Dear Malia Obama,

Hey. What’s up?! I heard you got into college. Awesome! We don’t know each other but I hope it’s okay to write you this letter.

I’m an actress on “The Big Bang Theory” – maybe you watch it, maybe you don’t; all good either way– and I was on a TV show called “Blossom” from age 14 to 19. So, basically, I know what it’s like to live in the public eye and although being an actress is very different from being part of the First Family, I think I have a little bit of an idea of what you might encounter in college.

I was originally planning on sending you my top four tips for going to college but the first was going to be “take a gap year,” and you’ve already covered that! (I’ve spoken about the importance of gap years, such as my friend’s Los Angeles-based Jewish social justice gap year program, Tzedek America, here.) Gap year programs are a wonderful way to focus your mental energy and truly prepare for making the most of your college experience. I actually got into the same school that you are going to go to, but I was still working on “Blossom” at the time I graduated from high school and had to defer for two years. After that time, I ended up staying close to home and going to UCLA, but I remember feeling really grateful that I had some extra time to mature, see the world around me, and really think about how I want to spend my time when I entered college at 19.

That being said, here are my top three tips for entering college.

  1. Try to blend in. When I started college, I was highly recognizable from pretty much everyone’s television set. A lot of people stared at me and asked for autographs. (There were no cell phones or smart phones when I started college so people taking selfies was not an issue!) I learned very quickly that while some people were really nice to me and sometimes overly nice to me, there was a certain portion of people who decided that they weren’t going to be nice to me, in part because everyone else was being nice to me. The way that I learned to handle both kinds of people-the ones being nice and the ones not being nice-was to do all of the normal things that people do in college. Meaning, I didn’t try to set myself apart in any particular way and I didn’t make a fuss about myself; I just tried to go to my classes and eat my lunch and join study groups and attend events that I found interesting. I assume that you will have a certain amount of security with you or around you but I don’t see that as a deterrent to you blending in in pretty much every other way.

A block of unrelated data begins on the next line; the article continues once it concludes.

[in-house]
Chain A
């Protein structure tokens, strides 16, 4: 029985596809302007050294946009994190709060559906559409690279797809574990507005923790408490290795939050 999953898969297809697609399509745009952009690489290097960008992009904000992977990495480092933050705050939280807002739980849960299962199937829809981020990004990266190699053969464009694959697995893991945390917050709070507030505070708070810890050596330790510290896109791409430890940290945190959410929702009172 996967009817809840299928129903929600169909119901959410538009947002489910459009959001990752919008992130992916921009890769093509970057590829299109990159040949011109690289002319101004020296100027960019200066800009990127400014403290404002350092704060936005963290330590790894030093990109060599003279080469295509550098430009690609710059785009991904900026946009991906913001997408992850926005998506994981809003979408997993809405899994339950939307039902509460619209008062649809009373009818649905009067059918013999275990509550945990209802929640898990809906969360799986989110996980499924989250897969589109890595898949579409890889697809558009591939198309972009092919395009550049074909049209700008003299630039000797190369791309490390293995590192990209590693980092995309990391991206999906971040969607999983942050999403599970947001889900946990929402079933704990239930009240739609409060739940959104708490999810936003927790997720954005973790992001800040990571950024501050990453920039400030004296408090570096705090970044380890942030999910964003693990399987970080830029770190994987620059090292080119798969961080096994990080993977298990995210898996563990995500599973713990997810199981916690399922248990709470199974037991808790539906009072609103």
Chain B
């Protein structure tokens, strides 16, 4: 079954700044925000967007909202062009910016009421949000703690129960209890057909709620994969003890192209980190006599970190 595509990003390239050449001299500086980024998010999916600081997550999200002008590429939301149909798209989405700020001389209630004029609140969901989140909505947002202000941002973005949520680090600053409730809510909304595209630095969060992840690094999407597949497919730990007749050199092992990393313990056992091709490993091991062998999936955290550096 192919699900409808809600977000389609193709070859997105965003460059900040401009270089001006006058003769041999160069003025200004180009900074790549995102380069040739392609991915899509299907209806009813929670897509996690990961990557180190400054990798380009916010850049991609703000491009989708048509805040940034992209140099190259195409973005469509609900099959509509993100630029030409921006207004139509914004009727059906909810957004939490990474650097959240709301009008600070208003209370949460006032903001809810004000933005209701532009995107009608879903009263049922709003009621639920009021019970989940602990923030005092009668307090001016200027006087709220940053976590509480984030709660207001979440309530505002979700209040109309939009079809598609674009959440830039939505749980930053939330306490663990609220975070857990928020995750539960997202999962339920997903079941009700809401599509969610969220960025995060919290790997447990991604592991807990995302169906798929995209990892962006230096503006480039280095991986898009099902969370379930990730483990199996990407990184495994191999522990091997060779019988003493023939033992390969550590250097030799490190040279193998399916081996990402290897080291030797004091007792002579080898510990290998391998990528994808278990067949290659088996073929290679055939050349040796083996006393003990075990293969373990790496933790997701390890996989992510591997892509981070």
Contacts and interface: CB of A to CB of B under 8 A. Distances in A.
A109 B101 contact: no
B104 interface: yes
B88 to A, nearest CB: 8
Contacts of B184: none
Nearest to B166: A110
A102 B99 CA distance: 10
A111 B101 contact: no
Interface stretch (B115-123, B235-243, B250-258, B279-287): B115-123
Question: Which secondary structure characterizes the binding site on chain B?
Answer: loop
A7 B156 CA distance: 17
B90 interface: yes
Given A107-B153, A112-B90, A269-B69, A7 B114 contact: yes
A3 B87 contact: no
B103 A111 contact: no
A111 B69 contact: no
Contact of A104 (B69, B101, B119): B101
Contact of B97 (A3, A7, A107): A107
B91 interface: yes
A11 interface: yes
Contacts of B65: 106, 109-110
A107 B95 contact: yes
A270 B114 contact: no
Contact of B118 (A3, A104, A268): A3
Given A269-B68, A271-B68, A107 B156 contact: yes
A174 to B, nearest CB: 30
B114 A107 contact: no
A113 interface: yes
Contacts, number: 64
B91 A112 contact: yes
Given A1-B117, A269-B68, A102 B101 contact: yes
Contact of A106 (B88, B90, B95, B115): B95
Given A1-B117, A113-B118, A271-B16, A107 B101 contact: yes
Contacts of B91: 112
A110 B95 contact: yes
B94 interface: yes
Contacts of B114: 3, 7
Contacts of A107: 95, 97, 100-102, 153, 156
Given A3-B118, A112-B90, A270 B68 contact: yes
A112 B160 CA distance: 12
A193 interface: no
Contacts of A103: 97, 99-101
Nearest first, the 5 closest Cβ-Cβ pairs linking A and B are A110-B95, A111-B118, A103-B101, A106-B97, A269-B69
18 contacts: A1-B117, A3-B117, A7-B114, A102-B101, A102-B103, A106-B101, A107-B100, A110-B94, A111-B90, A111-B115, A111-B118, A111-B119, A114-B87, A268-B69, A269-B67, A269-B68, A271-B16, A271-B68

2. Speak your truth. A lot of people said a lot of incredibly stupid and mean and insulting things to me because I was famous when I started college. People accused me of getting good grades because teachers and teaching assistants recognized me, I was accused of trying to get special treatment simply by doing all of the things that students have access to, such as attending professors’ office hours and going for extra student counseling to help plan my schedules etc. I even had very high-ranking senior professors insinuate that I had only gotten to where I was because I was famous. These things hurt, and I didn’t always have the words or the confidence to stand up for myself. I hope that you have the words and the confidence to speak your truth and tell people that they can go take a hike or whatever it is that young people say when they want someone to leave them the heck alone. I also would imagine that a lot of people who may not agree with your father’s politics might harass you and I hope you have a lot of strength and a good sense of humor to ignore those people or find some sassy way to make them feel stupid for bothering you about your dad’s politics.
  3. Be yourself. This is one of the best pieces of advice I’ve ever gotten for all stages of my life, but I encourage you to find your own path and have an amazing time when your gap year is over and you are ready to go to college. For me, college was the first place where I found a bunch of people with my similar interests rather than just the one or two people I had things in common with in junior high and high school. And if being yourself means studying a lot rather than going to a ton of drunken fraternity parties, then you are my people and I am giving you a virtual fist bump right now.

I don’t know you, but I am certain you are a brilliant young woman and I wish you the best at Harvard and beyond. And if you want to visit Los Angeles during your gap year, I’m sure my friends at Tzedek America’s gap year program would love to have you come and visit! I’ll drive you myself and we can turn that virtual fist bump into a reality.

Warmest wishes,

 

Mayim Bialik

 

 

[Image via Emmy4Mayim]